The word is out. And it’s one you may not want to hear. Everyone from ShopperTrak to the International Council of Shopping Centers to retail company CEOs are predicting a tough holiday season.
Most are predicting around 3 percent growth, barely keeping pace with inflation. That’s not horrible, but it’s off the surprise 4.1 percent growth that we got in 2010. Given that we live in ebb and flow cycles that crash like waves (or the stock market) every few days, it’s anyone’s guess as to how accurate those predictions really are.
According to an article in The Wall Street Journal on the retail holiday selling season, AlixPartners LLP reported that a full 41 percent of consumers plan to spend less this year than they did last year. Throughout 2011, consumers were spending more on each holiday compared to last year, regardless of whether it was Valentine’s Day, Mother’s and Father’s Day, or any other major holiday. That trend started to fade, however, during the back to school season, and it’s even less likely to continue through Halloween and into the holiday season. Blame it on a sputtering economy, high unemployment and consumer confidence that’s in the basement.
So how do you prepare for what may be a lackluster holiday selling season?
1. Cut inventory. There’s no use in bringing in more goods than you did last year if no one is going to buy them. Now is the time to trim back orders if you still can. It doesn’t have to mean major cutbacks, it simply means you should plan on buying the same or slightly less than last year.
2. Discounts rock the holidays. All the major chains will be discounting right from the getgo, so you’ll have to do the same in order to compete — it’s simply the mindset that consumers are in.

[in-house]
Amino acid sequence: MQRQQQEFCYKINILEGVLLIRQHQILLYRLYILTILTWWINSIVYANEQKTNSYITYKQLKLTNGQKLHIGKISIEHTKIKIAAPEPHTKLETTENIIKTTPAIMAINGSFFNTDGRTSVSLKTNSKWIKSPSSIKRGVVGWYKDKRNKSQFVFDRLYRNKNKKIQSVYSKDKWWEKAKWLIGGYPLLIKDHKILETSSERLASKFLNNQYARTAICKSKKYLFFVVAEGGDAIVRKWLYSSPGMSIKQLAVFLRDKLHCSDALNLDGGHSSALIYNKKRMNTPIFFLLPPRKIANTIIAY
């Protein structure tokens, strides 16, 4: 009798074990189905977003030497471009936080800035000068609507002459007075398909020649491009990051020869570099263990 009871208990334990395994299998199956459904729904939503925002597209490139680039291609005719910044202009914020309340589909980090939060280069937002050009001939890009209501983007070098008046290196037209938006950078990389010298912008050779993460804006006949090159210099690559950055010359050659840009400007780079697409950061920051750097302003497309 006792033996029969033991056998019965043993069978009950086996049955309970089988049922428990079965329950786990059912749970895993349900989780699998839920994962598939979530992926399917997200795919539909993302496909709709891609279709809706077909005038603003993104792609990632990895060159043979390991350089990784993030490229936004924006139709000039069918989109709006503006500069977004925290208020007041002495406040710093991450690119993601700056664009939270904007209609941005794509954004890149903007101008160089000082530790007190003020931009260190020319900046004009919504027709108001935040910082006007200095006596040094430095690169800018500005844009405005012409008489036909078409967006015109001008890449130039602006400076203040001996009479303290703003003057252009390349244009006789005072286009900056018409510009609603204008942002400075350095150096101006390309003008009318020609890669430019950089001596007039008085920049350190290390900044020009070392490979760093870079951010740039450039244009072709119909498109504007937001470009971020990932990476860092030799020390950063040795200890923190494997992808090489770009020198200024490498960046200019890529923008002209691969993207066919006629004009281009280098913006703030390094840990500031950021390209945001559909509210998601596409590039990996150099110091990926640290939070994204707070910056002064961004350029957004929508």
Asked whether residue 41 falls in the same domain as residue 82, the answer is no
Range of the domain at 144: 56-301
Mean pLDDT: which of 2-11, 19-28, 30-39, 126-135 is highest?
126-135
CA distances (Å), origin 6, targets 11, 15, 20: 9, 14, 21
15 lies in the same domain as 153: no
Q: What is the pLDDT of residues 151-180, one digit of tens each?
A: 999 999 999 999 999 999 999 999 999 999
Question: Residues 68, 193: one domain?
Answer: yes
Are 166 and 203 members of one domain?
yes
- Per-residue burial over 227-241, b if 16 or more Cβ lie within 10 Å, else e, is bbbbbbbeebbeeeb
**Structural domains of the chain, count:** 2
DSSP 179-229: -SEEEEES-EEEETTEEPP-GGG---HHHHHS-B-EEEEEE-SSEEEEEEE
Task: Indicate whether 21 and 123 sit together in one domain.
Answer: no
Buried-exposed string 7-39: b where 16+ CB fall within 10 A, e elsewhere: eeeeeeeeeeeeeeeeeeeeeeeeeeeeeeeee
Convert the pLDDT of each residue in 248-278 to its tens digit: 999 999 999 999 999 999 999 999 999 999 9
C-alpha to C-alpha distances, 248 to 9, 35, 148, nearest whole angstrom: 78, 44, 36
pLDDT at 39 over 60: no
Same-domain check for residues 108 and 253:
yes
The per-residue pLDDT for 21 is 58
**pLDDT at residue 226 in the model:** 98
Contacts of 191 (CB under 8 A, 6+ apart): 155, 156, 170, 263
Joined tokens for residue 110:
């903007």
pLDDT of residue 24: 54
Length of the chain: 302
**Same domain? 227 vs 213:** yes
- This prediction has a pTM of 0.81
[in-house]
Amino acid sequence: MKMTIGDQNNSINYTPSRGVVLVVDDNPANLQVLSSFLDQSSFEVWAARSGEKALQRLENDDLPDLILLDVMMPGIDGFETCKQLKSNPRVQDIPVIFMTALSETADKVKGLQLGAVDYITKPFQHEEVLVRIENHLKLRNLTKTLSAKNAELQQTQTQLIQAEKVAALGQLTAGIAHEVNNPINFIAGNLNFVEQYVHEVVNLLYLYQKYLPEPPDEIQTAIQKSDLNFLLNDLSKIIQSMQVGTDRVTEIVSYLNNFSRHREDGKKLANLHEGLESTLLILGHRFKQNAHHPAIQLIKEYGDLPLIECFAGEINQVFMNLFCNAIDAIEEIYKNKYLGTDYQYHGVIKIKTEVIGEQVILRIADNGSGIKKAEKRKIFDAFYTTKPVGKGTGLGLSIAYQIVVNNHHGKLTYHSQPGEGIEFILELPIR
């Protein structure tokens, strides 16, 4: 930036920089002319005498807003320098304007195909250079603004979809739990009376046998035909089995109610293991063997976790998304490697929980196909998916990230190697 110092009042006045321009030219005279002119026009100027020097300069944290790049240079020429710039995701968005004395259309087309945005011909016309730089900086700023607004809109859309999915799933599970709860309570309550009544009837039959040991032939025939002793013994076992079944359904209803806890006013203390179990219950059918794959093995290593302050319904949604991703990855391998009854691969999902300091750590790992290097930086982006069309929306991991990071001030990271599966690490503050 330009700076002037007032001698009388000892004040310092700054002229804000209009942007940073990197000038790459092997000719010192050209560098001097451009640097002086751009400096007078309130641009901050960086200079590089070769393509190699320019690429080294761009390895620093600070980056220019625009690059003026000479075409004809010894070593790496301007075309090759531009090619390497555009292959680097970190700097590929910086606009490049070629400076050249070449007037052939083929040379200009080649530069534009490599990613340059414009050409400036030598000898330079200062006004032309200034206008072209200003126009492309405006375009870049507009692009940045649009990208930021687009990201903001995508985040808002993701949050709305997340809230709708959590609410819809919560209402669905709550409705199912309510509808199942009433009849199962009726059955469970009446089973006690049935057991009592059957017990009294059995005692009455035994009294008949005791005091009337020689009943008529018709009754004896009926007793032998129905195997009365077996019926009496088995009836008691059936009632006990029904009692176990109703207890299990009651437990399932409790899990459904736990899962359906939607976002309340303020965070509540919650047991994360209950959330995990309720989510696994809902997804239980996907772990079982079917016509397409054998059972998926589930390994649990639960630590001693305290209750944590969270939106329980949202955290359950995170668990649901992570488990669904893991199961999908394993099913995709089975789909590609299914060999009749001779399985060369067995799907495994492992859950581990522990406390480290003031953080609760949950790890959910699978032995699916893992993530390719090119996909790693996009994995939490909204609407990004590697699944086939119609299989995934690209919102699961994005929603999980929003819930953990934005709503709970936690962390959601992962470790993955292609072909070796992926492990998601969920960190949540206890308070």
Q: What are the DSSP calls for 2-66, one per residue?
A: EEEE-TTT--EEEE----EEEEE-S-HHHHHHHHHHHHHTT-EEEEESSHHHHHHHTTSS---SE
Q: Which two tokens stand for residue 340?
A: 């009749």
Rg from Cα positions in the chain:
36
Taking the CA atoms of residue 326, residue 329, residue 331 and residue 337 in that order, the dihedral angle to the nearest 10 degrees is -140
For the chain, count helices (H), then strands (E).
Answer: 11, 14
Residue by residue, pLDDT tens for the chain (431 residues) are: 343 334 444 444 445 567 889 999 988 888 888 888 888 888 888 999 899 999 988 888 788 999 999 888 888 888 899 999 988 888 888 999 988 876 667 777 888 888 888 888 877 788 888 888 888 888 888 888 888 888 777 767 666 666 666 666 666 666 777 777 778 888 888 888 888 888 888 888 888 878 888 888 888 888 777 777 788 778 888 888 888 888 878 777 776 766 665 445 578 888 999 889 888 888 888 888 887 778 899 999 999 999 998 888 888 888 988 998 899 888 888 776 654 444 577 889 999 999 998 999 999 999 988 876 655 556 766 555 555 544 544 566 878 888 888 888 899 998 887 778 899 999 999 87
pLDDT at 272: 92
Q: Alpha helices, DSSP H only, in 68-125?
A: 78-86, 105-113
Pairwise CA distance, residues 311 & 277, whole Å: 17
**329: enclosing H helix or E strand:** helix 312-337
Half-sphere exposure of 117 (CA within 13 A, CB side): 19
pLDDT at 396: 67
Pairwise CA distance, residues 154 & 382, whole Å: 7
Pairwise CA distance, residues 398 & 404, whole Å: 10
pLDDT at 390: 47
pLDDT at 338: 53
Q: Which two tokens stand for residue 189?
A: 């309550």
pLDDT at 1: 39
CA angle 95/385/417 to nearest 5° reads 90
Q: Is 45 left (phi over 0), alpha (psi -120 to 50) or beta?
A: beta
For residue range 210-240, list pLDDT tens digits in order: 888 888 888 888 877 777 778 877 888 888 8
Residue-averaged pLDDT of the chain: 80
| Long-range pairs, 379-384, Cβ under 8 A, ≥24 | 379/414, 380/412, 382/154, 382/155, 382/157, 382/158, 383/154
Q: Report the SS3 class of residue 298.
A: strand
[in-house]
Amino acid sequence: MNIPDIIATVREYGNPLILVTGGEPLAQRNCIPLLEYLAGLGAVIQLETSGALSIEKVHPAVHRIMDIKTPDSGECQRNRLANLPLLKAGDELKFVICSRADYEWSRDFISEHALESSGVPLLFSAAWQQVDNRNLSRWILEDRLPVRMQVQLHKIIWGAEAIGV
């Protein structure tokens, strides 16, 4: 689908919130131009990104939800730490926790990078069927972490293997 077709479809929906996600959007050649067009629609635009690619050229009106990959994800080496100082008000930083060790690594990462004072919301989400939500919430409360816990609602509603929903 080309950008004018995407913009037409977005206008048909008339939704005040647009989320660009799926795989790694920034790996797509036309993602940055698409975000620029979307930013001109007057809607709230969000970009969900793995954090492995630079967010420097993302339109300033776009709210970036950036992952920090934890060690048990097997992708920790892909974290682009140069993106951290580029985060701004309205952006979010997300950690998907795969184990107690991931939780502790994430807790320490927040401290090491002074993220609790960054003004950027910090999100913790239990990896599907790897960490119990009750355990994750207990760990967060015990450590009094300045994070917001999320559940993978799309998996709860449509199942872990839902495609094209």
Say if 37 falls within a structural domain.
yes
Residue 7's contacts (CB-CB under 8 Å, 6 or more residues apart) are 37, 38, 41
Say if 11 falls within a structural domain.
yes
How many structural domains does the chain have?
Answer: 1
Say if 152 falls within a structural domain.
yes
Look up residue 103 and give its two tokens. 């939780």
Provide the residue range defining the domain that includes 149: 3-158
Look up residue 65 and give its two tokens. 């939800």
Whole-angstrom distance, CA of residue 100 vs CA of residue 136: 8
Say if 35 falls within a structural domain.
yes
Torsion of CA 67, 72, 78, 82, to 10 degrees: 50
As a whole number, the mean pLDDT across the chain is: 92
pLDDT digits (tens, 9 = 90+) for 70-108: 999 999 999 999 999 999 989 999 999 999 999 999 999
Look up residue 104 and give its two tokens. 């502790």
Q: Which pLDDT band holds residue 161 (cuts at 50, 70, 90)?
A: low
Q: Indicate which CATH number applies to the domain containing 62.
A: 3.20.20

But as always, be careful. You don’t want to give away the store in exchange for sales. After all, we’re in business to make money. So never discount the entire store. Discount a few items heavily so you can blare a “save up to 50 percent off” message. Or put a specific brand or product group on sale.
The key is to have a few loss leaders to get people into the store. After all, that’s what Wal-Mart does with $100 TVs. They figure if they can get you in with a great deal, then they can sell you a lot more because you’re there. You should be operating the same way.
3. Action trumps planning. The best-laid plans can and do go awry. Make sure you have a marketing plan that focuses on intiatives to drive traffic on a weekly basis. It’s better to get the people in the door early and potentially sell out of goods versus being stuck with the goods at the end of the holiday selling season.
Plus, make sure you’re tracking your holiday sales every day and every week beginning in late October or earlier. If the signs are pointing to lower sales (transaction counts are down, average transaction is down), then don’t wait to pull out all the stops to get people in the doors — that includes not only discounts but additional marketing initiatives like events or free gifts with purchases to drive traffic.
How are you going to beat the retail blues this holiday season? Sound off below.
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